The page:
How might we integrate microorganisms to design more sustainable cities?
Microorganisms are key ecological actors. They play a significant role in the sustainability of ecosystems and the health of all organisms, human and non-human. But despite that, they are often disregarded or deliberately removed in the design of our cities. How can we invite microbiota back into urban design?
Urban ecology, Biodiversity, Regenerative urbanism, Microbiota, Sustainability
Samira Benini Allaouat is a trans-disciplinary artist, fascinated by old technologies and knowledge with new contemporary applications.
She is also into the maker and DIY philosophy, questioning stereotypes, taken-for-granted social behaviours and systems, exploring new paths of bending and blending elements, researching and testing low-tech solutions to build a more resilient future perspective.
Coming from a 25 years radical urban art background and from moving image design, her favourite medium is the city. The spectrum of her art practice is quite wide and she has internationally achieved a large number and different typologies of performances, exhibitions, publishing projects and events under different pseudonyms, also anonymously.
Digging more in-depth into paradigm-changing, she is conveying wider aspects of human life sustainability and a new ethical approach in art and design.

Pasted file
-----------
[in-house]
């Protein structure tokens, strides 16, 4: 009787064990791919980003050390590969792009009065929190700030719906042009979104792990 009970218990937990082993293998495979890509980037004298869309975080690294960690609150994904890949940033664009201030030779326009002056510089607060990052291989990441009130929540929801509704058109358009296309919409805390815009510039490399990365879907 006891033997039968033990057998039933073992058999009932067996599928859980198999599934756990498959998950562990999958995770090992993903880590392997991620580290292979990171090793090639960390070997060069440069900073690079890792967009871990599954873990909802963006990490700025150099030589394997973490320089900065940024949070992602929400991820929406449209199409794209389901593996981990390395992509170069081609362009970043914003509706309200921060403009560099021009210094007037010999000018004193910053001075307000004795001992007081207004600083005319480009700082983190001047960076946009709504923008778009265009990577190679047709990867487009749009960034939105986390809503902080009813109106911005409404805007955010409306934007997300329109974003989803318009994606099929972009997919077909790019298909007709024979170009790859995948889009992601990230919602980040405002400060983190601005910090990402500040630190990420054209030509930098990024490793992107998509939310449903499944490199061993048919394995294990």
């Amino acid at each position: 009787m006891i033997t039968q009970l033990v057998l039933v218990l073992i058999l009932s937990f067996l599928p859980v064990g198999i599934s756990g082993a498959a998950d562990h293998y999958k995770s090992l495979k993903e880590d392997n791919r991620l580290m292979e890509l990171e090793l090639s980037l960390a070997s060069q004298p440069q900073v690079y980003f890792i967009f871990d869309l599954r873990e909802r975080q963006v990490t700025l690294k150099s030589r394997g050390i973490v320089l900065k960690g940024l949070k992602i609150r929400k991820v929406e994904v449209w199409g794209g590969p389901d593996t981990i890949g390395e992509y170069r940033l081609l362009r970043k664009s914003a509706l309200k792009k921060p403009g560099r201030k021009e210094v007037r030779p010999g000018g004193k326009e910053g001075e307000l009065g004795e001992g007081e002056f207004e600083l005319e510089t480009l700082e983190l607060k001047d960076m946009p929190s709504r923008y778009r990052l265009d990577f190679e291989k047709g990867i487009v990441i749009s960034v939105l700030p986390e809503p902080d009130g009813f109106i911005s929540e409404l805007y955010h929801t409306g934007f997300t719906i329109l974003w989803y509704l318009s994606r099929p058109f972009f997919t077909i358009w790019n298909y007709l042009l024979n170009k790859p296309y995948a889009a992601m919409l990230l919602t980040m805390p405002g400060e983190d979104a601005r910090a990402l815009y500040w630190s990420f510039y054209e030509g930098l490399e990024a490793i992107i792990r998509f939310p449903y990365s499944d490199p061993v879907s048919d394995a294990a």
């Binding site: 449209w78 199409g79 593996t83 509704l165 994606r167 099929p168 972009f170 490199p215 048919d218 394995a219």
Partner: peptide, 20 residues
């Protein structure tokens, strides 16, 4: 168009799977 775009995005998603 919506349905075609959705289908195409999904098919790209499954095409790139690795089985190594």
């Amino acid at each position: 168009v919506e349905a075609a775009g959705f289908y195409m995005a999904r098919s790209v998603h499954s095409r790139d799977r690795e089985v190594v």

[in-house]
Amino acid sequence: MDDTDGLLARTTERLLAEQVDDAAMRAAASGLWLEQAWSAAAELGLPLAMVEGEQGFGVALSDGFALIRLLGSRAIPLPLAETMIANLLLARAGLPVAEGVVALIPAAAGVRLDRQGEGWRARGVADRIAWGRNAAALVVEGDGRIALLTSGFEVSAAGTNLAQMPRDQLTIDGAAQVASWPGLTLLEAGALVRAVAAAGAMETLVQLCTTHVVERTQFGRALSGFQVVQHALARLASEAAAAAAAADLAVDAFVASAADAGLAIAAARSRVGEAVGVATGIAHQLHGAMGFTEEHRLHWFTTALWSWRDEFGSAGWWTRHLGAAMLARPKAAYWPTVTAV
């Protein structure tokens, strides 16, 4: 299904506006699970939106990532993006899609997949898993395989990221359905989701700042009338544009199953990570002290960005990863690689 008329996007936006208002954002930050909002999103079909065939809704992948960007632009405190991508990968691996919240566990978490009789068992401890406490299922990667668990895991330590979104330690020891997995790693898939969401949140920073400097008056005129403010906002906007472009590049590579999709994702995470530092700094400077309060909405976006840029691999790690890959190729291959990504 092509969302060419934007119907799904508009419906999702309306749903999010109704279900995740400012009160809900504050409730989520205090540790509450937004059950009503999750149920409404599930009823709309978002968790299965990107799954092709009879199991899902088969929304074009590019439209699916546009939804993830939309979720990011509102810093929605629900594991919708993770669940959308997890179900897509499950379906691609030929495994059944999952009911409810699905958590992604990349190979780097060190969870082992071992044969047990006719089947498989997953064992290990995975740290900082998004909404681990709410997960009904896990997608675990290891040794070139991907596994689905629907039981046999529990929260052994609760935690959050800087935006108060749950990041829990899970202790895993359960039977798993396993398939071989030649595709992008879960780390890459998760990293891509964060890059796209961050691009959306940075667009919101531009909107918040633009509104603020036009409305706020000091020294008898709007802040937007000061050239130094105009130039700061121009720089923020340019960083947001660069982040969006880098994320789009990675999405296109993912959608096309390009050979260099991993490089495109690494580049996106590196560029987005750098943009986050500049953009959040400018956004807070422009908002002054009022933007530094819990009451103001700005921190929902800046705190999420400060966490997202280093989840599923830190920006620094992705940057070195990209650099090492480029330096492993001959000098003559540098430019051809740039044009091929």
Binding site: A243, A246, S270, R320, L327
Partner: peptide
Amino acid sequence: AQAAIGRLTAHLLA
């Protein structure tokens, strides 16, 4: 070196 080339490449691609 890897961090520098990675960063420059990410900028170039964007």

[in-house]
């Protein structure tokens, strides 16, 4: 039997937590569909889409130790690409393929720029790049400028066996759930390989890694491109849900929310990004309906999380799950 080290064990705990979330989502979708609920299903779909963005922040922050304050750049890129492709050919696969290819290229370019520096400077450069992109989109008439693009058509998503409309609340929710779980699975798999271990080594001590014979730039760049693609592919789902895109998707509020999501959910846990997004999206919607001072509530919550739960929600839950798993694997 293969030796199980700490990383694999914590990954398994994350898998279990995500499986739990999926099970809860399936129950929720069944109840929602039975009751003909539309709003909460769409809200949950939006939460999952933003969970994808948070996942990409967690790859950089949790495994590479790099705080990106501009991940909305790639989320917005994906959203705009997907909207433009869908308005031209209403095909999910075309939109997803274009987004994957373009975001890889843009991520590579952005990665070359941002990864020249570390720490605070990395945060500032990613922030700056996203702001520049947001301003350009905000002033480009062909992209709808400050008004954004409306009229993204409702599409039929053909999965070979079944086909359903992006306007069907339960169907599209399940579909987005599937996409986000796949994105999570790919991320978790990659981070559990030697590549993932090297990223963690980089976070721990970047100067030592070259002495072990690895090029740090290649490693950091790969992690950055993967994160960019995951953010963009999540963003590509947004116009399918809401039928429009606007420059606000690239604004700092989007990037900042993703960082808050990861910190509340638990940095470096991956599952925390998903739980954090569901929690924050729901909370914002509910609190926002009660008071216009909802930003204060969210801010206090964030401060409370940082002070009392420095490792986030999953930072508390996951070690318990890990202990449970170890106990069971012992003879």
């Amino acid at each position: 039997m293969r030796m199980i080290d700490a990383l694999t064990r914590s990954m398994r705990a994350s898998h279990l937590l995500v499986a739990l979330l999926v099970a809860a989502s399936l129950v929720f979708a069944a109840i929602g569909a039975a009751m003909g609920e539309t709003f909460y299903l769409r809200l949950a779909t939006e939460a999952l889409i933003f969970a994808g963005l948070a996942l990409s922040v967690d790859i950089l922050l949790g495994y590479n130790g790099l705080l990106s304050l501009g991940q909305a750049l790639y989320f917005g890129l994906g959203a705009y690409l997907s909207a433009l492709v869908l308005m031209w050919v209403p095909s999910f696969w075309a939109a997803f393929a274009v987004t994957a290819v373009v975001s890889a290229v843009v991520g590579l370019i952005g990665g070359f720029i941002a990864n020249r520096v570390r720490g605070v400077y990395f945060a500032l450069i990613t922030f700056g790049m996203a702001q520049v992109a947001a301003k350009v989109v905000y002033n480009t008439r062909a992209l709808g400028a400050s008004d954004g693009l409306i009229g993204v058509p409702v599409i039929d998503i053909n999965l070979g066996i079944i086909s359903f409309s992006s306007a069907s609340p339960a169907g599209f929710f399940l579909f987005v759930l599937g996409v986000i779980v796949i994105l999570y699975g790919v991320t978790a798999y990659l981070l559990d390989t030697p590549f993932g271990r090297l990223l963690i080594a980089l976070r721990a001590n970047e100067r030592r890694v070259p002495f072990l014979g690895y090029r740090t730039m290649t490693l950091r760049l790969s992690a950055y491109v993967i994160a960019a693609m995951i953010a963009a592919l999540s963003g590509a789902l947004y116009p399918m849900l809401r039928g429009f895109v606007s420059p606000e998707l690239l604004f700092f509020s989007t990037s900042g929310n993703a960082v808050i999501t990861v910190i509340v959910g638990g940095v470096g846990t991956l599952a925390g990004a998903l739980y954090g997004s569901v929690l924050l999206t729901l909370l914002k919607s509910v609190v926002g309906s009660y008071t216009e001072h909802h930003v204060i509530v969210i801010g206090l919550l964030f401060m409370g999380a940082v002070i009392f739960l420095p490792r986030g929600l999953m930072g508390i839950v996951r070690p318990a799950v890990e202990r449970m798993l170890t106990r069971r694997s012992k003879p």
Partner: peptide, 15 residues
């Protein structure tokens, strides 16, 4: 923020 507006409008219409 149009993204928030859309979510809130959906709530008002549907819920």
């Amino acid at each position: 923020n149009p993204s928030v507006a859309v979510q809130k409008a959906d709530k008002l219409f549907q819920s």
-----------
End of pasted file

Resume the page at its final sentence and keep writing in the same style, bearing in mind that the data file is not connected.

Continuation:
In the most recent case, she identifies electricity in nature and automation as the leitmotif of her research, such as her “No Plug Sound Machine” where the question was “How to make electronic music without conventional electricity?”. The artwork has been exhibited at the Tate Modern Museum with her collective Hackoustic from London HackSpace, at London Urban Street Hackaton 2015, presented at the Aberystwyth Art Center and performed at Ausland, a reference for underground culture and experimental music in Berlin.
The project aims to reimagine the role of public lighting in urban spaces with a symbiotic relationship between the artificial and the natural world, focusing on a deeper understanding of the fundamental importance of nature as a collaborator in the city.
The final work consists of a light sculpture that can facilitate different tasks in order to create an autonomous and hybrid performative artwork.
The structure will be built with recycled elements, partially 3D printed with biomaterials and powered by a bioelectro battery cell with the help of the Geobacters, a bacteria that produces electricity while decontaminating the soil. Here are the essential points of interest: Public lighting, rainwater collection, bioremediation and free energy/electricity production.
Geo-Llum has the possibility to be developed in Barcelona thanks to the support of Akasha Hub in collaboration with Green City Lab, at the moment acting as mediators and strategical planning organizers. They will host the first pilot soil regeneration program in Barcelona with the government city program of Mans al Verd, from Decidim participative platform.
This could represent a chance to conceive a wet lab area for the scientific research and the prototyping phase of Geo-Llum, moreover creating a connection with S+T+ARTS experts and partners.
As Jury, we decided to select Samira Benini Allaouat as the winner of the Repairing the Present Residency at Regional S+T+ARTS Centre CENTER OF CONTEMPORARY CULTURE OF BARCELONA CCCB, because the project Geo-Llum presents a promising opportunity to combine artistic and scientific research, design, urban ecology, citizen science and community engagement in order to encourage habitants to more deeply reflect on human/nonhuman interaction in cityscapes.
For a More Harmonious City
How might we create a more harmonious city?